In northwestern Greenland, glaciers flow from the main ice sheet to the ocean in see-sawing seasonal patterns. The ice generally flows faster in the summer than in winter, and the ends of glaciers, jutting out into the ocean, also advance and retreat with the seasons. Now, a new analysis shows some important connections between these seasonal patterns, sea ice cover and longer-term trends.
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Study links exposure to common pesticide with ADHD in boys

Mon, 01/06/2015 - 4:25pm
A new study links a commonly used household pesticide with attention deficit hyperactivity disorder in children and young teens. The study found an association between pyrethroid pesticide exposure and ADHD, particularly in terms of hyperactivity and impulsivity, rather than inattentiveness. The association was stronger in boys than in girls.
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Missing link found between brain, immune system; major disease implications

Mon, 01/06/2015 - 4:24pm
In a stunning discovery that overturns decades of textbook teaching, researchers have determined that the brain is directly connected to the immune system by vessels previously thought not to exist. The discovery could have profound implications for diseases from autism to Alzheimer's to multiple sclerosis.
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Poor sleep linked to toxic buildup of Alzheimer's protein, memory loss

Mon, 01/06/2015 - 4:24pm
Sleep may be a missing piece of the Alzheimer's puzzle. The toxic protein that is the hallmark of Alzheimer's disease blocks the deepest stages of sleep, resulting in memory decline, according to new research.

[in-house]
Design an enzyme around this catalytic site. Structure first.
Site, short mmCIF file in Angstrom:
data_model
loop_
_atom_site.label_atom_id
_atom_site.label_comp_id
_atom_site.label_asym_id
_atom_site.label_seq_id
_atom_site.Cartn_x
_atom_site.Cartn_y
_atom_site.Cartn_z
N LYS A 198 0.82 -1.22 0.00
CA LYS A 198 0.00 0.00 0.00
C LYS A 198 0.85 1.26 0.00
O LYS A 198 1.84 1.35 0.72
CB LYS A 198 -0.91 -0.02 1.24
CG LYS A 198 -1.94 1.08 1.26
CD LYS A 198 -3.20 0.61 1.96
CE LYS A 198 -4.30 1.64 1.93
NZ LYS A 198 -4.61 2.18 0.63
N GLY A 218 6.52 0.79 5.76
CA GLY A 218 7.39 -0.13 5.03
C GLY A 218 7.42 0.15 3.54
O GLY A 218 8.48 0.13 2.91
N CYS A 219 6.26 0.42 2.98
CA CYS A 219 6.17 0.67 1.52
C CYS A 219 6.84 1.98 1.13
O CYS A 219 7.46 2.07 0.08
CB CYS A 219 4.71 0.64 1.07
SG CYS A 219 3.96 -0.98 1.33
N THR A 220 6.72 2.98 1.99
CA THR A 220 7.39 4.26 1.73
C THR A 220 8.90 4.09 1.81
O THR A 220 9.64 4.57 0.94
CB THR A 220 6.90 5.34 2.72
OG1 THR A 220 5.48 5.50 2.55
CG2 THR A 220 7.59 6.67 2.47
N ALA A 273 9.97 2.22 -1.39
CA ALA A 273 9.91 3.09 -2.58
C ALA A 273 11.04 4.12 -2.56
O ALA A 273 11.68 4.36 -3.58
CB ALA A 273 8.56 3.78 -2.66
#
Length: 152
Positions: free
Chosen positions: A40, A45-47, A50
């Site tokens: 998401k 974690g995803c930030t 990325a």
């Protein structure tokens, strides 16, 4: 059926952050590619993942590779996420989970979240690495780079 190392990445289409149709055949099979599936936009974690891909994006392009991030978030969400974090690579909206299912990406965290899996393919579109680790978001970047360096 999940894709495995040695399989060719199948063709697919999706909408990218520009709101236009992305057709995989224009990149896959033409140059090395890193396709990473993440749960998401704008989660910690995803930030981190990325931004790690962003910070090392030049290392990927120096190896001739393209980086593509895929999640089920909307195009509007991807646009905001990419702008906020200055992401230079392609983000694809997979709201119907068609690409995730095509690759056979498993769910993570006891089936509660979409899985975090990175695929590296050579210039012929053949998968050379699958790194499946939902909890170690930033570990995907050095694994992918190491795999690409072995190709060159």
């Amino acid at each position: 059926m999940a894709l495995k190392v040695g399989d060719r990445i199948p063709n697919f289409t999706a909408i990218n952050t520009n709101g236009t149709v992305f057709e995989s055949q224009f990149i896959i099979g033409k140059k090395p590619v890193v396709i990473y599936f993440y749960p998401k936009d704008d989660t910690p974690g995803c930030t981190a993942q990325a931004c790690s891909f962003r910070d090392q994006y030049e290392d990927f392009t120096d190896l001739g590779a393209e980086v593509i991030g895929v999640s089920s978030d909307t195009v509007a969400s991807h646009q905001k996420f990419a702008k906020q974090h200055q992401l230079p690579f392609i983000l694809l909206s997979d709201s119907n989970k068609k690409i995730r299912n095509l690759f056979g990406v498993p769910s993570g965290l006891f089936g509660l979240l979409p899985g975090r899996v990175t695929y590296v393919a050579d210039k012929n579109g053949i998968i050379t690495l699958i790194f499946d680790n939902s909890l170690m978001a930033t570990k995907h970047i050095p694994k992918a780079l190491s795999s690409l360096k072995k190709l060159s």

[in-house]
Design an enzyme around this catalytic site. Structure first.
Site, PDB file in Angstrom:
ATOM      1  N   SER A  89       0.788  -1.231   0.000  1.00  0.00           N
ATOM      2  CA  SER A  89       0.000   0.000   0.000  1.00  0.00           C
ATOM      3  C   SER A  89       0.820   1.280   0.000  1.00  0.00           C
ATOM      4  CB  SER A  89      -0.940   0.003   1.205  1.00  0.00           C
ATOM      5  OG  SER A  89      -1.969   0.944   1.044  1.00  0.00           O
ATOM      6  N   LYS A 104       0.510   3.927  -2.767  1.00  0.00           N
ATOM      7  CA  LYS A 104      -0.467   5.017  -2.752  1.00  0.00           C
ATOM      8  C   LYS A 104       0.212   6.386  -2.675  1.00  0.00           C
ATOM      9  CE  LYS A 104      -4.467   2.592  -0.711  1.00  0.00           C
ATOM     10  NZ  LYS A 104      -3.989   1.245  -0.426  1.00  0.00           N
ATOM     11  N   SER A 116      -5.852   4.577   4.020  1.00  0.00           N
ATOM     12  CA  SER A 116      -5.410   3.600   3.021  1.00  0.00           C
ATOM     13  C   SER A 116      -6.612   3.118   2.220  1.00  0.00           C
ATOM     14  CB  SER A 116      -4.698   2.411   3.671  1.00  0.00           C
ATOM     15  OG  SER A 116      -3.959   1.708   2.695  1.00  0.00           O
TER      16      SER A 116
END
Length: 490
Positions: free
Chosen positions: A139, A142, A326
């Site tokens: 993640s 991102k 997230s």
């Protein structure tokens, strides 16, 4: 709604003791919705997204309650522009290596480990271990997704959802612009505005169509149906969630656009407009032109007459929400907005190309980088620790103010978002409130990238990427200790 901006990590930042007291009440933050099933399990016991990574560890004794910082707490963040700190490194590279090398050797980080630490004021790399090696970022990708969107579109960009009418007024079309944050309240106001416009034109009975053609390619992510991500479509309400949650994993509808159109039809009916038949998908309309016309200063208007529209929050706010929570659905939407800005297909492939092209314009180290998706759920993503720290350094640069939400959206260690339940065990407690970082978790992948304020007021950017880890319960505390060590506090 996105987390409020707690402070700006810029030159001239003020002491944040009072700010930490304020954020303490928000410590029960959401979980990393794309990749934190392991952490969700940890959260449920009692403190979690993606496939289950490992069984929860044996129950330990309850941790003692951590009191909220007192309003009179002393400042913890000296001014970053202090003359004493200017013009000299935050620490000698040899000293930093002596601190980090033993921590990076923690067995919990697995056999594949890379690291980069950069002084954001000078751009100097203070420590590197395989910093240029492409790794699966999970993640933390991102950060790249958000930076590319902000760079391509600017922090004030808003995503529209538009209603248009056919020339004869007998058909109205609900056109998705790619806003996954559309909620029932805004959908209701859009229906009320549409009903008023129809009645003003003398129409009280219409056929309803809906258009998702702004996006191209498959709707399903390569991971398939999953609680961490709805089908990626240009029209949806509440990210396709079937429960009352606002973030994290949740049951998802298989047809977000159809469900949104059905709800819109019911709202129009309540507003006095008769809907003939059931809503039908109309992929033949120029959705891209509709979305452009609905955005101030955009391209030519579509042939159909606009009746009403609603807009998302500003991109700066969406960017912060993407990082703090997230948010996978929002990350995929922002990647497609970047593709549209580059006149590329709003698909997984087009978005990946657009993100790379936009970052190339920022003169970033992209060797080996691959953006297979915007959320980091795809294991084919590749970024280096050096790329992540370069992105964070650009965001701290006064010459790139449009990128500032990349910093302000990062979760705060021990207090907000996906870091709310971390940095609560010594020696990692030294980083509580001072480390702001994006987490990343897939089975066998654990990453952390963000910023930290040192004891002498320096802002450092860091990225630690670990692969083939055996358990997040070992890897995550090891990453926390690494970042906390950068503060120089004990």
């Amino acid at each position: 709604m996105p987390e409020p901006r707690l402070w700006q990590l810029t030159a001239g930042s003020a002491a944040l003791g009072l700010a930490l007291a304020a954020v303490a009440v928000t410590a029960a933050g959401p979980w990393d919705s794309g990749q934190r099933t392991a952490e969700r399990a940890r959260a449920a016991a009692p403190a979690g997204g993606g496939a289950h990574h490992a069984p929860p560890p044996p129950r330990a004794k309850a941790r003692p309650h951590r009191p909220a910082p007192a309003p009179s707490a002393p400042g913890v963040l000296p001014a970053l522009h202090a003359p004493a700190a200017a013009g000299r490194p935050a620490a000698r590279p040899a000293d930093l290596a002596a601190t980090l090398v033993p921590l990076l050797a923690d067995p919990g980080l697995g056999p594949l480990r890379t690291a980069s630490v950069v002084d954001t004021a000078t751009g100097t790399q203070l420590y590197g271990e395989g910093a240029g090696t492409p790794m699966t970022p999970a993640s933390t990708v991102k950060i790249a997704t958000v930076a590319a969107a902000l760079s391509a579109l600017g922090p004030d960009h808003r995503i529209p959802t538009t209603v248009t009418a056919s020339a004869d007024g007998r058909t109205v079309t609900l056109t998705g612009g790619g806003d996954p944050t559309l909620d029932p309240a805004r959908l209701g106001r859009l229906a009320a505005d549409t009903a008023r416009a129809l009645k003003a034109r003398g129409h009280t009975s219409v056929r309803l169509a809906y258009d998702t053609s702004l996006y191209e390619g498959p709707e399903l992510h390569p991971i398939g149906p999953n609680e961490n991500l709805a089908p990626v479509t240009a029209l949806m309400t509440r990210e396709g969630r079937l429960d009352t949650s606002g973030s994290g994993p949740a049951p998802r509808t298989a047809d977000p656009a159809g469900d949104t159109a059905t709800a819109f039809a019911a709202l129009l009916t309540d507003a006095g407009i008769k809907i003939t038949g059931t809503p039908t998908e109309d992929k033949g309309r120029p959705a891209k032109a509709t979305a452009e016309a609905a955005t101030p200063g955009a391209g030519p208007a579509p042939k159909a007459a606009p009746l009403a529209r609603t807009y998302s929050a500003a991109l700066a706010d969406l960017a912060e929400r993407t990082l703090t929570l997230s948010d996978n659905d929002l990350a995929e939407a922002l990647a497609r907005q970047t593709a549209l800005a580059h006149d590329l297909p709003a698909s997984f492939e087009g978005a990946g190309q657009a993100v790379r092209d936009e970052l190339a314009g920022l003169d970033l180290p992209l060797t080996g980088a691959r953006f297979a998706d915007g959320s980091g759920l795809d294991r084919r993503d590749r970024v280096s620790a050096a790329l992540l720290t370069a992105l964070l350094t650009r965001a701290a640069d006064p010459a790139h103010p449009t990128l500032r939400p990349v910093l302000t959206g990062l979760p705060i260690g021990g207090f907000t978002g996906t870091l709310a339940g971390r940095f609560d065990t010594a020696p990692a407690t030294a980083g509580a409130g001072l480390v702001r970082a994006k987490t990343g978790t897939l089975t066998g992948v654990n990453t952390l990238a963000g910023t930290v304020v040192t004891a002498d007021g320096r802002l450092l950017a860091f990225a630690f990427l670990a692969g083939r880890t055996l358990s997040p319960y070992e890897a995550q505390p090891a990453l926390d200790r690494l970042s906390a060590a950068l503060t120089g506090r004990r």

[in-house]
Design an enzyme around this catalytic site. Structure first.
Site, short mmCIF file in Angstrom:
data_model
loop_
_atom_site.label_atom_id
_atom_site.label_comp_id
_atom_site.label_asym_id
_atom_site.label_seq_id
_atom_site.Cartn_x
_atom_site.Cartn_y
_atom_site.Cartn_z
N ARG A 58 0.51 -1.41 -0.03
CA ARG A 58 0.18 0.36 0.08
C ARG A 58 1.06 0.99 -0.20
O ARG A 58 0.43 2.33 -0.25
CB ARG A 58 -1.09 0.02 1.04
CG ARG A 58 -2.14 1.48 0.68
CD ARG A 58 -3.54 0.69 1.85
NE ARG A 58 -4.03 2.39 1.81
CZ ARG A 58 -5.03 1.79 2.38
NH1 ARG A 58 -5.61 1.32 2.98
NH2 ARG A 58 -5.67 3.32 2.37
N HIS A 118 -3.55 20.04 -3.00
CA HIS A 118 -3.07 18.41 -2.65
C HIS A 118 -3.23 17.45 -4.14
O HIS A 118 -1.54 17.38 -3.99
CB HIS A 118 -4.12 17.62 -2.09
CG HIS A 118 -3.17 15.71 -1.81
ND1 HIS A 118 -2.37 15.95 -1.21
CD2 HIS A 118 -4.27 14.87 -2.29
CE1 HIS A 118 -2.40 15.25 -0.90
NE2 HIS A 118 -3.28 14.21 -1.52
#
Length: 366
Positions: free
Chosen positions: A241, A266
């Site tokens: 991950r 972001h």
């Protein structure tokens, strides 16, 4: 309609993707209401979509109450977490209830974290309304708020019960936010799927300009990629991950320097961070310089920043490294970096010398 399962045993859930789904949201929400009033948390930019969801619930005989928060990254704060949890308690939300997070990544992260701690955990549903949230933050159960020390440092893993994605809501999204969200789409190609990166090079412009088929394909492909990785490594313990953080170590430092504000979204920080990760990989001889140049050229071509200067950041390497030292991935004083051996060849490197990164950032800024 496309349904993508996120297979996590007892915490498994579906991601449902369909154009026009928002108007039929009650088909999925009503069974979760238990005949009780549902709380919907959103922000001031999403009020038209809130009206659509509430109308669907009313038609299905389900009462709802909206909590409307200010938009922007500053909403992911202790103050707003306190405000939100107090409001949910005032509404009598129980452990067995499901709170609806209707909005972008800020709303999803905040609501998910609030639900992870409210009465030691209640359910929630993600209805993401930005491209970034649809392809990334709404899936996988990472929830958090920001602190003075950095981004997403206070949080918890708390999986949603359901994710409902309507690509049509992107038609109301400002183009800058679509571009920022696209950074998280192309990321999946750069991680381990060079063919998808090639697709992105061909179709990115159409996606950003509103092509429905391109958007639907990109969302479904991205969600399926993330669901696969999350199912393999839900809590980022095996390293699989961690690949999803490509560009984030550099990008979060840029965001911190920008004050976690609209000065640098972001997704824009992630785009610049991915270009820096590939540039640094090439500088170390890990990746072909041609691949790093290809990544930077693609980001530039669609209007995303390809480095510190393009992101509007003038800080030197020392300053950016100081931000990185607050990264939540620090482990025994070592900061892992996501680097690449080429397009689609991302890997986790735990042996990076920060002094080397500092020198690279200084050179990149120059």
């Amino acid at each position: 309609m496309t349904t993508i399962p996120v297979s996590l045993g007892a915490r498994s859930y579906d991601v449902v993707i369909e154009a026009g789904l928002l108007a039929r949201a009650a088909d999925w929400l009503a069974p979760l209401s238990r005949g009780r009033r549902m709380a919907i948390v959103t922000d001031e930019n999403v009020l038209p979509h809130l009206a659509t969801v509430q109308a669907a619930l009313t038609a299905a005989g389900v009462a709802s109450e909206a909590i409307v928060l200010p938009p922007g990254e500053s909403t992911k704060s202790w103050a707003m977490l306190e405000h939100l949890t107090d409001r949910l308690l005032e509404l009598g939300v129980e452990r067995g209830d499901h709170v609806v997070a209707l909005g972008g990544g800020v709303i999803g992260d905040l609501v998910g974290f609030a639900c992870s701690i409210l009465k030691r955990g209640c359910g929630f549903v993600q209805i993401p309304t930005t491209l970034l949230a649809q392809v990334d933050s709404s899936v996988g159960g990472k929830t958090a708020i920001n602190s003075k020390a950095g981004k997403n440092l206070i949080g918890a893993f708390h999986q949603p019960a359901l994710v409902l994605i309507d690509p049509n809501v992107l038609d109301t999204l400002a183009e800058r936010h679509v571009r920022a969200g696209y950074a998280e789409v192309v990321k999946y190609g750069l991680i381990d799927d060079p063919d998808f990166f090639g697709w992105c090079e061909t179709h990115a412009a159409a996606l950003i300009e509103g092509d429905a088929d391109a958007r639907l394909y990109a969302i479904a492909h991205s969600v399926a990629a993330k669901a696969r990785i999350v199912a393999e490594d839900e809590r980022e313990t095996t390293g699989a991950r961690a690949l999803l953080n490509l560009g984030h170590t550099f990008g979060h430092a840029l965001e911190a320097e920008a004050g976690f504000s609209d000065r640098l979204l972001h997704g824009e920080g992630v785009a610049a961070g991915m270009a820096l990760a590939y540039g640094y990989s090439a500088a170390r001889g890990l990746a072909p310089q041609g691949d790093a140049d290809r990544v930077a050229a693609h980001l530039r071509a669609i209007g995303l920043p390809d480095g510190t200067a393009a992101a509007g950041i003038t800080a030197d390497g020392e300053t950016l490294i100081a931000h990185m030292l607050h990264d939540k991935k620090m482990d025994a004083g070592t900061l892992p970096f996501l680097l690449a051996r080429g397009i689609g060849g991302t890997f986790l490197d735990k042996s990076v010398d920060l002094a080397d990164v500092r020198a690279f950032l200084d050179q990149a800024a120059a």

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New anti-microbial compounds evade resistance with less toxicity

Mon, 01/06/2015 - 4:24pm
New compounds that specifically attack fungal infections without attacking human cells could transform treatment for such infections and point the way to targeted medicines that evade antibiotic resistance.
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Scientists reveal epigenome maps of the human body's major organs

Mon, 01/06/2015 - 4:24pm
While the genome of an individual is the same in every cell, epigenomes vary since they are closely related to the genes a cell is actually using at any given time. A new atlas of human organ epigenomes provides a starting place to understand the role of chemical markers in development, health and disease.
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Researcher discovers metabolite of prostate cancer drug more effective at treating aggressive tumors

Mon, 01/06/2015 - 4:24pm
A metabolite of an FDA-approved drug for metastatic prostate cancer, abiraterone, has more anti-cancer properties than its precursor, researchers have discovered for the first time. Prostate cancer is the most common cancer in men, with nearly 240,000 new cases diagnosed each year in the United State.
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Medical home intervention with shared savings shows quality, utilization improvements

Mon, 01/06/2015 - 4:24pm
By paying bonuses to participating medical practices based on reaching quality and spending benchmarks, shared savings contracts created direct financial incentives to contain the costs and utilization of care without compromising the quality of care. This intervention also helped practices develop care management systems, and health plans gave participating practices timely data on their patients' use of hospitals and emergency departments.
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Breastfeeding may lower risk of childhood leukemia, study suggests

Mon, 01/06/2015 - 4:24pm
Breastfeeding for six months or longer was associated with a lower risk of childhood leukemia compared with children who were never breastfed or who were breastfed for a shorter time, according to an article.
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Happiest university graduates are more likely to land a good first job

Mon, 01/06/2015 - 4:24pm
Happy graduates have a greater chance of being hired for a high quality first job. The study points out that promoting learning and practice of attitudes that encourage happiness could improve the employability of graduates.